each other and further achieve various functionality interactions.

In JXTA there is no clear differentiation between the service provider, service
requestor and service registrar. A JXTA peer typically implements one or more of the
JXTA protocols, and may play multiple roles at the same time. JXTA mainly depends
on decentralized discovery mechanisms for searching and locating peers and P2P
services, although it does not essentially exclude other discovery mechanisms such as
the centralized ones. However, as the current decentralized discovery mechanism of
JXTA is implemented based on the JXTA Search peer discovery protocol, which is
not compatible with UDDI, JXTA P2P services cannot directly be advertised or
discovered in the Web Services world. Likewise, the UDDI-based centralized Web
Services registry cannot directly be integrated into JXTA and used by JXTA peers for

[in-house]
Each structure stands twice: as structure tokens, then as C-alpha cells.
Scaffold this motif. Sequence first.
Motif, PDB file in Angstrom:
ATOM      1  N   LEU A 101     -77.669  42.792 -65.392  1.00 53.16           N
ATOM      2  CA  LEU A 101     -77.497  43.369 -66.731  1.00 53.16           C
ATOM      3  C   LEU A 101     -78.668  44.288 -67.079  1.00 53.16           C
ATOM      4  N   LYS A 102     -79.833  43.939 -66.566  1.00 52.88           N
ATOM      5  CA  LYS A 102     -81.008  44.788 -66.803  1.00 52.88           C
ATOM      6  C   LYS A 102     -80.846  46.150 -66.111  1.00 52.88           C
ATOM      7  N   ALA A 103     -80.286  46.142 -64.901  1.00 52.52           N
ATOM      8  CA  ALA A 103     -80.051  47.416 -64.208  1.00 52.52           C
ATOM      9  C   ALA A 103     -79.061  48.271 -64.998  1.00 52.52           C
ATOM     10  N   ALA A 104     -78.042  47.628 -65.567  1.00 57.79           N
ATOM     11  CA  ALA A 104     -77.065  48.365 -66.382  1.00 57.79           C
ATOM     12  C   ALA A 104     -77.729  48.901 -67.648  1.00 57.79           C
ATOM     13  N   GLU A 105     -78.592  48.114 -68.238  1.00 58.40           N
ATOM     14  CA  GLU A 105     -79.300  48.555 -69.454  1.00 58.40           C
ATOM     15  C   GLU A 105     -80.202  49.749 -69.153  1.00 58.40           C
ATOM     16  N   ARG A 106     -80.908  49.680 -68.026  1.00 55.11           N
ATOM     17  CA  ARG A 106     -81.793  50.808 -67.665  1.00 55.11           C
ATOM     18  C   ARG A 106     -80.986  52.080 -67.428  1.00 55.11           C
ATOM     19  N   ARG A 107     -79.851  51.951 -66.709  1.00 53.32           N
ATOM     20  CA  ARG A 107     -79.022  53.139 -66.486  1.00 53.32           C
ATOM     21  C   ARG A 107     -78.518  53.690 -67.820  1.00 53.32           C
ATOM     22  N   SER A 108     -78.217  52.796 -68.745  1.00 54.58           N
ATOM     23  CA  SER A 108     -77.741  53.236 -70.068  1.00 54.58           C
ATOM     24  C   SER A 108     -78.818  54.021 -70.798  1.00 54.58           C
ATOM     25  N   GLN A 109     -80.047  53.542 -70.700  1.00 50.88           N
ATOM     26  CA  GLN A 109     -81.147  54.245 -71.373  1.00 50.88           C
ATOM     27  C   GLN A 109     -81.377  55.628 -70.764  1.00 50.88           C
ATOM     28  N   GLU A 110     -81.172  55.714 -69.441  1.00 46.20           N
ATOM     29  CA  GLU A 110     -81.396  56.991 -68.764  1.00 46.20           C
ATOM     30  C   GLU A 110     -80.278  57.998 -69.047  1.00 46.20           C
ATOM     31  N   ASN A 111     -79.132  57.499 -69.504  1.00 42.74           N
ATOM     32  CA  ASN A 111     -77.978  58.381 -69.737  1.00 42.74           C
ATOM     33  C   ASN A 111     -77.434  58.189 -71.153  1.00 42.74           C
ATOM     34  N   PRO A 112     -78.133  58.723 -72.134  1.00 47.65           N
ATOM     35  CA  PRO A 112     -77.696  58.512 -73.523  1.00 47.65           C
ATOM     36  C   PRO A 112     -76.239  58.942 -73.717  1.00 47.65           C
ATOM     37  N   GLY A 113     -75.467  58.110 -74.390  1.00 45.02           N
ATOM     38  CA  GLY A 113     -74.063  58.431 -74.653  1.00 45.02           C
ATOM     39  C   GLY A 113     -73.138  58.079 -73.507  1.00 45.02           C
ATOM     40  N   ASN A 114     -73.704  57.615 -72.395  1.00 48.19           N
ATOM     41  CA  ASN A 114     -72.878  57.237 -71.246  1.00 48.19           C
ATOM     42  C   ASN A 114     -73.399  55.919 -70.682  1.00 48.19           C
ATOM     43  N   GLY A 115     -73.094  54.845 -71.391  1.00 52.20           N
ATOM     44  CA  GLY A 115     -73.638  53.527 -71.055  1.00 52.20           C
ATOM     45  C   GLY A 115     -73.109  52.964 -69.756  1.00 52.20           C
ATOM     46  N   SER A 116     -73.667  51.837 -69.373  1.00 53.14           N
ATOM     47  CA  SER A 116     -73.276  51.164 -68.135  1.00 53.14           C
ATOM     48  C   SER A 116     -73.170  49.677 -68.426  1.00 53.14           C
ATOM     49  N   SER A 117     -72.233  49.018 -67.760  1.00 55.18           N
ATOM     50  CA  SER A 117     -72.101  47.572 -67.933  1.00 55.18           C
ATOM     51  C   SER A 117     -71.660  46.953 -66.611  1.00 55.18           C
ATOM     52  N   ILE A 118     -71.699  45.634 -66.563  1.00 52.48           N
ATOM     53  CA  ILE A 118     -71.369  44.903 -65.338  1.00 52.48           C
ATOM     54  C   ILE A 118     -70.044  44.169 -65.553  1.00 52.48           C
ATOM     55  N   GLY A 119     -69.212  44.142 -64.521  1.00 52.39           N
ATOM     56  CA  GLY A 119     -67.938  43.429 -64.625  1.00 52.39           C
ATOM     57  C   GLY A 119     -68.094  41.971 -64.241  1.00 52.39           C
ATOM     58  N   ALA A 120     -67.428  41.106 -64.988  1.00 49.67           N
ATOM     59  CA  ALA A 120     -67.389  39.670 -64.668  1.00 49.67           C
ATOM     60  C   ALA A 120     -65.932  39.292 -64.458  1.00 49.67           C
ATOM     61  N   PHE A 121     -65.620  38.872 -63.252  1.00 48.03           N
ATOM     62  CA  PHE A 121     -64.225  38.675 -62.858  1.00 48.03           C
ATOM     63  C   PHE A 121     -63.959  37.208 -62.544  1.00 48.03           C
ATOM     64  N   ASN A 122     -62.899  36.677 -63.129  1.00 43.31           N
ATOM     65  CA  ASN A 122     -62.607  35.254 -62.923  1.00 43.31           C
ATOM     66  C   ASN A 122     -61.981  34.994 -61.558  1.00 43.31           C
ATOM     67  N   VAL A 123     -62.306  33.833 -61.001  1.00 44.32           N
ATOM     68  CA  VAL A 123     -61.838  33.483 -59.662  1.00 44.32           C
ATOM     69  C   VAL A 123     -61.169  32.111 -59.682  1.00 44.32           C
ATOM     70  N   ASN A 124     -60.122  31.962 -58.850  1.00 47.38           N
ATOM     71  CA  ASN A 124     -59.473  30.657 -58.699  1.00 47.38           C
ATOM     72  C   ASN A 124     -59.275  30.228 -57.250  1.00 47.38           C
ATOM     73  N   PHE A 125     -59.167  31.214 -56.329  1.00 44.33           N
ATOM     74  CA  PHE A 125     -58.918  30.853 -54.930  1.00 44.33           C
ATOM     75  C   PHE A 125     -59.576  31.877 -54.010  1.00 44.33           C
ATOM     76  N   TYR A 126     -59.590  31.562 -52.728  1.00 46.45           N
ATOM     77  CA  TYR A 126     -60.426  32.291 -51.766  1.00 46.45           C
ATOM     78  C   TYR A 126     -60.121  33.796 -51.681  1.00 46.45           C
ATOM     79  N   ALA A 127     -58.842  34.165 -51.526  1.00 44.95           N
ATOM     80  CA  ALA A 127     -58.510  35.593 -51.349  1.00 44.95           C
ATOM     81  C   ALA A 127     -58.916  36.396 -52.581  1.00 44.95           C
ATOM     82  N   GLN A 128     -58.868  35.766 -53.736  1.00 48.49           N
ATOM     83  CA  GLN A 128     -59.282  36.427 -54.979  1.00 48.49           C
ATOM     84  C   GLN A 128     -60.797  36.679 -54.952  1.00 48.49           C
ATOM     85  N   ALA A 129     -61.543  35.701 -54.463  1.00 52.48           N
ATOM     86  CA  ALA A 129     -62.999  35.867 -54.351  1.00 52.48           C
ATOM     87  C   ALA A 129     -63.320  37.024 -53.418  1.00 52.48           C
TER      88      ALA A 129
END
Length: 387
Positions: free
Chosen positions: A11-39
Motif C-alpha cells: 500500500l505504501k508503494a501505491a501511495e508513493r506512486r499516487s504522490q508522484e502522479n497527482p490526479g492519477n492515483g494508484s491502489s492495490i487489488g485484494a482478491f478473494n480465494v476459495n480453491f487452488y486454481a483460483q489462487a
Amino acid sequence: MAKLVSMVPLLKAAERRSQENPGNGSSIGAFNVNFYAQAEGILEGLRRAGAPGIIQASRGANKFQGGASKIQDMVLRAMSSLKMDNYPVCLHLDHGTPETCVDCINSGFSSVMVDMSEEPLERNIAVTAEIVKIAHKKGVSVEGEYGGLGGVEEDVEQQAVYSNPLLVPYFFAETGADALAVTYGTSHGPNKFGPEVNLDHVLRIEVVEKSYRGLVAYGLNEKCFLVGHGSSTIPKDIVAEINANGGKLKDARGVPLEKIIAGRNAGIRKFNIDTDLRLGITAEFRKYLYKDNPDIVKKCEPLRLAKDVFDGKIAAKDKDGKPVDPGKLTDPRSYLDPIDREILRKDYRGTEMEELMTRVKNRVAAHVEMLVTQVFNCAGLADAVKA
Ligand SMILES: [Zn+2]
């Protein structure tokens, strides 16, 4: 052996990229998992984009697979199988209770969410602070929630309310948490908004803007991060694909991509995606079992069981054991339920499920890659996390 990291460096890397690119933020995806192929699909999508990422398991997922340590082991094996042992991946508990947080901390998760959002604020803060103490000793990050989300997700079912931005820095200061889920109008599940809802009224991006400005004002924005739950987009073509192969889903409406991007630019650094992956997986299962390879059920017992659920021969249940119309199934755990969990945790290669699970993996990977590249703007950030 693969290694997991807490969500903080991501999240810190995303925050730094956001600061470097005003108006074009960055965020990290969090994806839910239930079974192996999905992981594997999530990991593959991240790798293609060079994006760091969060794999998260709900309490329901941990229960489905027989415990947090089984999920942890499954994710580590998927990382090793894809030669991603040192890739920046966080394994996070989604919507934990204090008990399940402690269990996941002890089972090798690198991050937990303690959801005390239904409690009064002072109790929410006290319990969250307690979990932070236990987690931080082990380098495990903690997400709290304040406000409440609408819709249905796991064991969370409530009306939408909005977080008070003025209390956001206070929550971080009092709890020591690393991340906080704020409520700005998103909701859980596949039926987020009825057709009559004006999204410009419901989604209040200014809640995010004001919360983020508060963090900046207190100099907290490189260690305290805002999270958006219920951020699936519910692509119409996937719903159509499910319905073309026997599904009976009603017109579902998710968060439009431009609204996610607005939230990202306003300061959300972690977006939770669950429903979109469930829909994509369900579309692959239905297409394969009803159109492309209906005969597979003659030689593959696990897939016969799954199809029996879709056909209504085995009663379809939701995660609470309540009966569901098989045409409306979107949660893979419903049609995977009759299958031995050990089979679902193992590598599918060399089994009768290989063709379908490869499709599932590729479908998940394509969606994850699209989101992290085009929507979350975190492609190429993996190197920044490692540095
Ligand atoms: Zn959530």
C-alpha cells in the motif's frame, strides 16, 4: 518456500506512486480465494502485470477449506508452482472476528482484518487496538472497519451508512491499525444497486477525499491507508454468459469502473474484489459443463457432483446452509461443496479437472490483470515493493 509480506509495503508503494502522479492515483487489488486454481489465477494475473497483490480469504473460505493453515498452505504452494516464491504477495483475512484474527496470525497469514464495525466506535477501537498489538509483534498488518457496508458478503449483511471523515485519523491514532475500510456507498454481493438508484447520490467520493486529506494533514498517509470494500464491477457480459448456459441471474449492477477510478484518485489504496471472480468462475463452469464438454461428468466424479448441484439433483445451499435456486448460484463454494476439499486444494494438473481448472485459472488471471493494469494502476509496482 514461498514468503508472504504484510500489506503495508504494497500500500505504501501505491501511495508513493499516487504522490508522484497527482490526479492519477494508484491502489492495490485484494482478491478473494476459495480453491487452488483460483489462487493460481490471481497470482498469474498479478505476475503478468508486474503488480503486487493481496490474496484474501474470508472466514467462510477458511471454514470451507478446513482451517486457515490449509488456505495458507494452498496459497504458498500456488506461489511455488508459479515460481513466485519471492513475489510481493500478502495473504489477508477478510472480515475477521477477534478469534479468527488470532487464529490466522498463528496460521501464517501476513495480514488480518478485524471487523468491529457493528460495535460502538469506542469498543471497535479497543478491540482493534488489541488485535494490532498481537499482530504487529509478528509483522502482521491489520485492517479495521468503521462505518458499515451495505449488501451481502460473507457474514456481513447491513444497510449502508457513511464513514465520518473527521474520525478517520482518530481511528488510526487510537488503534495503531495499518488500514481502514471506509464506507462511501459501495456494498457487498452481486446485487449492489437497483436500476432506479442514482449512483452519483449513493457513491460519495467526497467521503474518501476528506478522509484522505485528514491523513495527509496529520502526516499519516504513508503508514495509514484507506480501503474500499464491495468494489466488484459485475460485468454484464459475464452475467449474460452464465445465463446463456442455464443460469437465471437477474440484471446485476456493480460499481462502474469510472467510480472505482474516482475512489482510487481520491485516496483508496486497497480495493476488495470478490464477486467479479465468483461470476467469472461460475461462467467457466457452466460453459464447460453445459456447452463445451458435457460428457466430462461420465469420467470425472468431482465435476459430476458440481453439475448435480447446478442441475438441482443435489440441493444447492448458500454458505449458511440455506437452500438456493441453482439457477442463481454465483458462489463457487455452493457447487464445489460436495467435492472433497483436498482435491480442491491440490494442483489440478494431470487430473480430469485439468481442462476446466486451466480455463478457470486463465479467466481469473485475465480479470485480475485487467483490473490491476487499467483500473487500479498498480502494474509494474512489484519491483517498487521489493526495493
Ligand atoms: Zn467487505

discovering and binding Web Services.


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Next there is a problem with perspectives on the transport layer. At the highest
abstraction level, JXTA is nothing more than a set of protocols, each of which is
defined by one or more messages exchanged among participants. With the focus on
decentralization and ubiquitous computing, JXTA neither mandates the transport
protocol nor mandates how the messages are specified or propagated. In contrast,
although theoretically Web Services do not also mandate the transport protocol, since
they principally depend on SOAP for XML based messaging, they practically use
HTTP (Hypertext Transfer Protocol) for transport. This implies that there might exist
the transport layer incompatibility between a Web Services node and a JXTA peer,
which could lead to communication blockage during the interaction. In addition, with
regard to the message protocol, although the current JXTA specification adopts XML
format to define messages, the definition is not compliant with SOAP. This makes it